This consolidated audit trail, as a national market system, will strive to “develop, implement, and maintain a consolidated audit trail that collects and accurately identifies every order, cancellation, modification, and trade execution for all exchange-listed equities and options across the US markets.” The words forming this quote not only imply a call for greater use of technology to manage information regarding an ever-increasing American population, they also imply that outdated, paper-dependent processes are no longer fit to manage information at the federal level.
Additionally, other nations’ voting processes are neither confusing nor in disarray. The voting process, as it is administered in other countries outside the United States, involve little dispute between the public and those who govern it. One needn’t look further than the structure of our own voting system to understand its negative differences: from the disputes arising over swing states to the use of the electoral college over popular vote, paper only exacerbates the confusion, making the ballot-counting process rapid, chaotic, and therefore—difficult to trace, demanding use of a document management system in the voting process.
Many in recent years have also discussed gerrymandering as an issue in the voting process. Not surprisingly, it’s an issue that both digital voting and Internet access alike can overthrow at both the presidential and local election scale. The less that citizens have to drive to their voting booths, the less opportunity there is for corruption in the form of placing these voting locations unreasonably far from citizens living in counties marginalized by the voting process.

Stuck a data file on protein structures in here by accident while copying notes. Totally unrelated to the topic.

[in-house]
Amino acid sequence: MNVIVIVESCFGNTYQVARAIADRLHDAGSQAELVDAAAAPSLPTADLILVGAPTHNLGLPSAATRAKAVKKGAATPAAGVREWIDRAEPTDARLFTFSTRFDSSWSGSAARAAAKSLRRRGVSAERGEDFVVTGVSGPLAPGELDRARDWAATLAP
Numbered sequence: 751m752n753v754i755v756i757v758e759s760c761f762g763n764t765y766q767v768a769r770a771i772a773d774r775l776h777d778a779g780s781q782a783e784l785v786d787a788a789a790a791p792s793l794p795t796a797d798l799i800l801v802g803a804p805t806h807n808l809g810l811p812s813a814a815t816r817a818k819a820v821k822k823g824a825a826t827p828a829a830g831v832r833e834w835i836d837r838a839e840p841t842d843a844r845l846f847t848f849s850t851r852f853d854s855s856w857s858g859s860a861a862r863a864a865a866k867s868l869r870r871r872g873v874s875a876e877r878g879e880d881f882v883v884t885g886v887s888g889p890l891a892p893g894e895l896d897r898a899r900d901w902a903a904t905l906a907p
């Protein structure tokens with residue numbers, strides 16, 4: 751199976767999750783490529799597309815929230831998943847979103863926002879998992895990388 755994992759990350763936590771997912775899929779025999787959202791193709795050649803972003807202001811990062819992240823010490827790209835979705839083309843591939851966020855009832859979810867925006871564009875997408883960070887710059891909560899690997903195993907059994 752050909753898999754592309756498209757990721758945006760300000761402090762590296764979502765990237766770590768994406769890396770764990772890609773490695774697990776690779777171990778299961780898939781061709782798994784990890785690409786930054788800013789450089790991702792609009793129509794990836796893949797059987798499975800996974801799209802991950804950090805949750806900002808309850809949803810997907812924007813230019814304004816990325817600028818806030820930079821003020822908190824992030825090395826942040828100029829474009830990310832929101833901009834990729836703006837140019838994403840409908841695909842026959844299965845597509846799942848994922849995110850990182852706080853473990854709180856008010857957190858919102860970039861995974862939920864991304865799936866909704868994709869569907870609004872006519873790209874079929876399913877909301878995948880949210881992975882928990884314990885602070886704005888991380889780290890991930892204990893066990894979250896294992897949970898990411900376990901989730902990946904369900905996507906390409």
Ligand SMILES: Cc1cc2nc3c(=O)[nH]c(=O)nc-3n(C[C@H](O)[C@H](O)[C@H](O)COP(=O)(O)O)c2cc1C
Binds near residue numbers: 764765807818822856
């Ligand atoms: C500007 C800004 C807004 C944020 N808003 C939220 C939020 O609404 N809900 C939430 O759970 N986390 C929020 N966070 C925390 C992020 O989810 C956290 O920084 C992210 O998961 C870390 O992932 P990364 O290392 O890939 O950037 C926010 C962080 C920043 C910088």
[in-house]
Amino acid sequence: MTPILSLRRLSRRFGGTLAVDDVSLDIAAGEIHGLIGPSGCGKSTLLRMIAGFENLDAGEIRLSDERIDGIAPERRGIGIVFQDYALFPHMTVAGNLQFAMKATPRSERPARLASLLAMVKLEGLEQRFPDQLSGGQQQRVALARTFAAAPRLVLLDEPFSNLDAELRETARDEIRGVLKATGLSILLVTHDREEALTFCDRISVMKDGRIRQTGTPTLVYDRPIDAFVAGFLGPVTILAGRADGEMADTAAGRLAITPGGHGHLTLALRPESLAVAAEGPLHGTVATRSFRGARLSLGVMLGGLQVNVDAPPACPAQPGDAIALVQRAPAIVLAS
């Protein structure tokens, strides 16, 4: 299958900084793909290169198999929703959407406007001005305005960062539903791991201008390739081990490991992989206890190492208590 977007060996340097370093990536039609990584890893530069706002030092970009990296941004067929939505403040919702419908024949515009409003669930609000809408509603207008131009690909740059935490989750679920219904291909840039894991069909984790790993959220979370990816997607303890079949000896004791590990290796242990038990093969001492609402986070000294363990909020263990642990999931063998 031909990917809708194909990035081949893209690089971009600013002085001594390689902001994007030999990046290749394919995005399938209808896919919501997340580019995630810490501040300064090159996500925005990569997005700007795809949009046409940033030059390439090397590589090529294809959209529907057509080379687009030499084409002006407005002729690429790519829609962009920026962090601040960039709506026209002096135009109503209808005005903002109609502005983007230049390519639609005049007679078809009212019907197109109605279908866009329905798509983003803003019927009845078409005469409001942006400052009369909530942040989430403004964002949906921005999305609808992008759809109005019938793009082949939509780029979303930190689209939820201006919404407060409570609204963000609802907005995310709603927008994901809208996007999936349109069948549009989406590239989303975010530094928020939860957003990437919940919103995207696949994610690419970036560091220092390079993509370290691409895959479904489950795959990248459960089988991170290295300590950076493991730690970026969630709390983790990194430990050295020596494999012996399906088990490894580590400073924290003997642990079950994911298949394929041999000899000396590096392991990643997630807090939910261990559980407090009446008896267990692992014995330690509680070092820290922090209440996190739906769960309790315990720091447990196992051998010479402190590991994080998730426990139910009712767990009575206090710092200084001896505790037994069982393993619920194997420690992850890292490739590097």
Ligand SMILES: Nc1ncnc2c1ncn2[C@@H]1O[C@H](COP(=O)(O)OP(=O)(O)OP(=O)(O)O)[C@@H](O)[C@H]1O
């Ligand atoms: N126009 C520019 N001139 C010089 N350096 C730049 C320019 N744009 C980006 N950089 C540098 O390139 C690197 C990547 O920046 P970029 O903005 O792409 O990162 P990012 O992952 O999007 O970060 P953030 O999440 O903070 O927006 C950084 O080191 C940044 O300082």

Although The Pew Research Center reports that 88% of U.S. households have access to at least one car, the increase in access to the internet may soon reach a point where the voting booth exists on citizens’ laptops. Yet another argument for document management system use come election day.
If issues with election primaries, gerrymandering, and federal admission of need for more organized processes weren’t enough to convince you that the document management system and other paperless solutions can resolve many issues with the voting process, perhaps the present state of caucuses can change your mind. It can be argued that caucuses have little fidelity to the voting process, as they can limit the impact of individual voters—instead rewarding the more extreme voters who partake in the political processes occurring behind closed doors.
In order to ensure a positive future for voters, we must look back in time to those who legitimized political fairness. Winston Churchill once famously noted, with his usual aphoristic flair, that “Democracy is the worst form of government, except all the others that have been tried.” Although America remains a constitutional republic, the document management system, if adopted for voting purposes, would help voters reclaim the principles of democracy upon which our country was founded.
Instead of only voting for a political candidate, we should also be able to vote on how we determine the outcome of an election, and relying on secure and efficient technologies to accomplish this feat is the first and most meaningful step in turning this idyll into reality.